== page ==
An Insane Itinerary:Part 1

27th of November, 2009

The entire day had gone by in completion of the vestiges of the packing procedure. All that remained outside were my clothes that I had decided to peel off and shove into the baggage at the last moment. And the Studio 15, which at that moment was showcasing the story of Scheherazade in a slightly interesting manner.  Vidarbha Express was scheduled to reach the Chhatrapati Shivaji Terminus at around 7.10, and Dadar at around 7.30, but it was the Kalyan Station I was contemplating disembarking upon, where it was to arrive at 8.13.

About 5 ‘o’ clock…

Mistri came into the room and asked me when it was that I planned to leave.

“In half an hour maybe.”

“What! Where are you going? CST?”

“Nope. Kalyan.”

“Then why are you leaving so early?”

“Why?”

Here is one lesson in life that got imprinted in my mind, and shall hopefully remain etched on it forever.

Here it is.

Lesson in Life no.1:- Never believe a man who you believe is a bigger nincompoop then you.

’Coz it takes 5 minutes to Kalyan, asshole! You will just get bored in there. When’s the train due over there?”

“About 8 pm”

“No pain then. Leave around 7 pm. Maybe I can accompany you then.”

I was not the one to dissent this kindly offer. An extra pair of hands for manoeuvring your luggage is, if I am not wrong, welcome everywhere.

“Where are you going now?” I asked him, noticing a dishevelled bag in his grasp.

“Swimming. Wanna tag along?”

“No, I think I will save my energy for later.”

Around 6.30 pm…

I went up to Mistri’s room. Panic seized me as I saw it bolted and locked. The corridors presented a picture of desolation, and I, realizing that time was simply a commodity I couldn’t afford to lose at the moment, sped on, tossing things pell-mell into the bag. I noticed Rohit was still in his room, and he offered company which the first sight of an available Autowallah was to end. Evening Traffic rules the roost just outside the Insti’s main gate, and that was where the Autowallah left me to face it’s maniacal manifestation.

Horrendous honking, shrill shrieking, fulminous fumes being emitted endlessly by the automobiles pervaded the air as I scrutinised the roads for a gracious glimpse of an empty available Auto. Even the anticipation was to be, as I discovered, in vain.

I flailed my arms, raised ‘em high upto the heavens akin to Gospel Singers proclaiming ‘Hallelujah!’. I, on the other hand, proclaimed “Khali Ho Jaa!”

The sleek dial of the Tommy Hilfiger clasped on my wrist confided to me that it was 6.50 at the moment.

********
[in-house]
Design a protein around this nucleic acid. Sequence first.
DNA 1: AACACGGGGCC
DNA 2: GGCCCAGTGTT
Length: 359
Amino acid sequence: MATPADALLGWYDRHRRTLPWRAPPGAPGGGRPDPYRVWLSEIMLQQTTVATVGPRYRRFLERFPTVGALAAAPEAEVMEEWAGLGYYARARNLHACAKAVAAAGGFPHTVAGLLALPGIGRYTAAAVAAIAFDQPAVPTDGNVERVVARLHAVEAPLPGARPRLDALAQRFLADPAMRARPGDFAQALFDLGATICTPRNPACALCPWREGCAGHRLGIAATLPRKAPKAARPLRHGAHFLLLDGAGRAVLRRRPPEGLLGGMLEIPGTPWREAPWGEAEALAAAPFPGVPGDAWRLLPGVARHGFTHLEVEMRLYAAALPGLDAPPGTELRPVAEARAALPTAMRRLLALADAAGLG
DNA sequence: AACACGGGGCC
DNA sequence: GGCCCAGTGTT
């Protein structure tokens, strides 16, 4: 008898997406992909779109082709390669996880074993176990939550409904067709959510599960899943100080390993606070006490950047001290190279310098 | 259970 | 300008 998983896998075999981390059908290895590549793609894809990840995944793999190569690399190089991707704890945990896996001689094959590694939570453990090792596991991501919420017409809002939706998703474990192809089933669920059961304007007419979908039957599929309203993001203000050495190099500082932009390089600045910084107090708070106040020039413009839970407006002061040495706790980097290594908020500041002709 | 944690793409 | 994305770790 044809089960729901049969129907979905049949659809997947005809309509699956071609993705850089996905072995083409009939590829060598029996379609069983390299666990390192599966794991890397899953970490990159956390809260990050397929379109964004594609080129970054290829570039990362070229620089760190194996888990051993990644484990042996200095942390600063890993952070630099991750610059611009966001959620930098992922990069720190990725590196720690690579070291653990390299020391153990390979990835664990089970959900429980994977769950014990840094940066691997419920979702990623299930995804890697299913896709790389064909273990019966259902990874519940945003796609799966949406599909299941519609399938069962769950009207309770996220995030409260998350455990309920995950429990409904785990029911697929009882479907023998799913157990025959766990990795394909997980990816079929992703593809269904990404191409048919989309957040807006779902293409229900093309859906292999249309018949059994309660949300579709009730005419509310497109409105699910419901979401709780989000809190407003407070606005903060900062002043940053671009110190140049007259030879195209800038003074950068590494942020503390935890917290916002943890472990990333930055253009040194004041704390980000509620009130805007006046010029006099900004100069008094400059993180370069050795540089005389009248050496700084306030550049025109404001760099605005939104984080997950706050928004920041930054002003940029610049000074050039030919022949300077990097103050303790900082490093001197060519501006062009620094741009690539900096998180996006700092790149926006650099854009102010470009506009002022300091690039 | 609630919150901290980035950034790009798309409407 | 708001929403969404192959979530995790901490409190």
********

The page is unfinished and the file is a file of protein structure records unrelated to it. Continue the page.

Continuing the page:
I braced myself for a last ditch attempt, after which, I had decided I was gonna walk to the Kanjurmarg station. I raised my hands in an Authoritative manner, and in a commanding voice, rent a cry of “AUTO!” in the air.

To my utter disbelief, an auto skidded to a stop mere decimetres away from me.

Hauling my luggage, I made my way towards it. Out of the corner of my eye I saw a group of Baais making way for the same auto. Redoubling my locomotion, I arrived at the spot just as the Auto chugged away with them in tow.

Shit.

Chagrin assailed me, but it was no moment to wallow in self pity. I hauled the luggage once again, and started the tiresome descent to the station, the entire time keeping my eyes on the road in case a bus careened off and ran over.

7.10 pm…

A Sturdy Surd emerged out of nowhere, asking me the directions for Kanjurmarg station. I told him I was headed the same way, and all he had to do was to follow my lead. I struck up a conversation, during which the mystery regarding his presence here was unravelled. He had been on a laptop hunting spree for his girlfriend who had her birthday the succeeding day. The unfortunate soul’s car had broken down and to top it all he had suffered a fate similar to mine.

We walked side by side, the Sardar making it apparent every 48 seconds that he was not the one for long walks. Even short walks. Actually, walks in general. We now, what had seemed to me, were five minutes away from our destination, and spotted a fleet of empty autos standing at the side of the road. Sardar asked me if we should take one. Here was where I learnt the second one.

Lesson in Life no. 2:- Always take an empty Auto when you see one.

I replied in the negative, saying it was just round the corner. But as I dragged my bag on its wheels (the purpose of the wheel that off lessening the friction, was, it seemed, entirely forgotten by it) the load it seemed was steadily on the rise. Sardar offered to help, but I declined.

About 7.30 pm…

I broke into the middle of the ticket counter queue, requesting a corpulent office-goer in the front to buy me a ticket to Kalyan. The Sardar was lost to me amidst the milling crowd. Clutching the ticket, which, I realized, I had obtained within 2 minutes of having entered the Booking Office for the first time in my life, I ran to the platform.

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